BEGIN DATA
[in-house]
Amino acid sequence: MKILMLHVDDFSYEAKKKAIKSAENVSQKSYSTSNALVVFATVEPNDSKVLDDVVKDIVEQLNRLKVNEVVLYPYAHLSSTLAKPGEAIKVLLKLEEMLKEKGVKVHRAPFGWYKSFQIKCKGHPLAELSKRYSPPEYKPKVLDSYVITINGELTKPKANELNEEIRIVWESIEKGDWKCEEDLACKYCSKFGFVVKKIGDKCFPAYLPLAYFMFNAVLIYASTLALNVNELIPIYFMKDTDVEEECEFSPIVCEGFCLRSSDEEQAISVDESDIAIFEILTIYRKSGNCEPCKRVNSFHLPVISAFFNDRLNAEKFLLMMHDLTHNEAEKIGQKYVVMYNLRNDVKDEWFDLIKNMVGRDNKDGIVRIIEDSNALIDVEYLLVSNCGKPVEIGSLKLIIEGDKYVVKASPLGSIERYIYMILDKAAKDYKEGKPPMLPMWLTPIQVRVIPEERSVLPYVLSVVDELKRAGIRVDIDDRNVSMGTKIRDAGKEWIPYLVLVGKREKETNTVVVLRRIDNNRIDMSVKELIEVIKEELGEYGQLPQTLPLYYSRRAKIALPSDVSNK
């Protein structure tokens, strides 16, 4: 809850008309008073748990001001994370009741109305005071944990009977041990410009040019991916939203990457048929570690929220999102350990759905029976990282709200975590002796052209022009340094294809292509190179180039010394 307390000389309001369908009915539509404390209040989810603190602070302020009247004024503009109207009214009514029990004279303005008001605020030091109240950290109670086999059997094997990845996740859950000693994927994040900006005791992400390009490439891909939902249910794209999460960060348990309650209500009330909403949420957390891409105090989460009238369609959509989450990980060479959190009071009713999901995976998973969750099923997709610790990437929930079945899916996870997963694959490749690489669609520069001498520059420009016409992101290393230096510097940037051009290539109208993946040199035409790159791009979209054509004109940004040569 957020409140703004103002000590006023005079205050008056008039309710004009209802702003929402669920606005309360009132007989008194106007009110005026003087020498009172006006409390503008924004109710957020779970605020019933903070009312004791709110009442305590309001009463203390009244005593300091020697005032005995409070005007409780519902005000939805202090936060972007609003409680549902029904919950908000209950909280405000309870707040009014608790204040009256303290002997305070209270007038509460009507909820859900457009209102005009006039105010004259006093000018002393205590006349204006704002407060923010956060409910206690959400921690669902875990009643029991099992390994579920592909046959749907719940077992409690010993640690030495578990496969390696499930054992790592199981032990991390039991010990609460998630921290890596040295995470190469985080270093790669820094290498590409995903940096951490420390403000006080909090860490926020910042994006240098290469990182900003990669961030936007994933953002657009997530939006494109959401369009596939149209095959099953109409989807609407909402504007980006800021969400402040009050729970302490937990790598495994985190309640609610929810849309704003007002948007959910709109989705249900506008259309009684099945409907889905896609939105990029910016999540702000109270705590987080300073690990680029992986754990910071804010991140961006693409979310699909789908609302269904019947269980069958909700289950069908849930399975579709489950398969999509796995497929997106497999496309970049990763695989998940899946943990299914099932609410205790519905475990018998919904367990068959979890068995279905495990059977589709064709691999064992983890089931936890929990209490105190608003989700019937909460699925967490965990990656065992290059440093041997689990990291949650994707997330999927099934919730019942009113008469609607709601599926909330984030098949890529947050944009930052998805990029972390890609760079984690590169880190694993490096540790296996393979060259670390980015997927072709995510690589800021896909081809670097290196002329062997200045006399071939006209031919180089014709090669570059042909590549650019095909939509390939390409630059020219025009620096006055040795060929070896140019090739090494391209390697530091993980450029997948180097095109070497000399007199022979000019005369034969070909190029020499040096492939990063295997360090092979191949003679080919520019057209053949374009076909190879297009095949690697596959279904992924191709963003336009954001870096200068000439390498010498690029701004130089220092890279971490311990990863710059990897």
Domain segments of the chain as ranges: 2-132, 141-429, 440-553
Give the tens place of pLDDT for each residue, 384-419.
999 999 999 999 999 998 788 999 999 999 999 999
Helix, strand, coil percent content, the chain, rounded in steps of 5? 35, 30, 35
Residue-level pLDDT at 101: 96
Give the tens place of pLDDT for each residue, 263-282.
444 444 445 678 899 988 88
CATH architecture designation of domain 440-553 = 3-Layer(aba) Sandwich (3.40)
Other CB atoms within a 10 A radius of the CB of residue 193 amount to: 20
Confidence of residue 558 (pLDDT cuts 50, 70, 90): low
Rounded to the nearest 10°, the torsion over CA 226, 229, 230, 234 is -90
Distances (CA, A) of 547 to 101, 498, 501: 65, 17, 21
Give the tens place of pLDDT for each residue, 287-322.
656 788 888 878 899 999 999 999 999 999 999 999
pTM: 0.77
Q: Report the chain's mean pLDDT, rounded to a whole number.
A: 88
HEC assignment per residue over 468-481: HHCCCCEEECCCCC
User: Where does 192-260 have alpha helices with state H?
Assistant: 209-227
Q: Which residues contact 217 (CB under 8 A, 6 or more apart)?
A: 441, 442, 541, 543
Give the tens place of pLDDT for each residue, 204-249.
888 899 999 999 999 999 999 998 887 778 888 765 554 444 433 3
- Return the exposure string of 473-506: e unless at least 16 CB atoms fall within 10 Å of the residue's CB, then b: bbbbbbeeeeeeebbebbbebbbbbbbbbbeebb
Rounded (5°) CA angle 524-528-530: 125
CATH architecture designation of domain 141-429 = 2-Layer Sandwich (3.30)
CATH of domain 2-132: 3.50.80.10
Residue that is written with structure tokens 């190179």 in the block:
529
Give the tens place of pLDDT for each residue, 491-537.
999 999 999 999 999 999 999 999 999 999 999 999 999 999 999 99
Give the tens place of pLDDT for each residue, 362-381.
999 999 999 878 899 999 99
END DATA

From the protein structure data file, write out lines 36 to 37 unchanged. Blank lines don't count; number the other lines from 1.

Give the tens place of pLDDT for each residue, 362-381.
999 999 999 878 899 999 99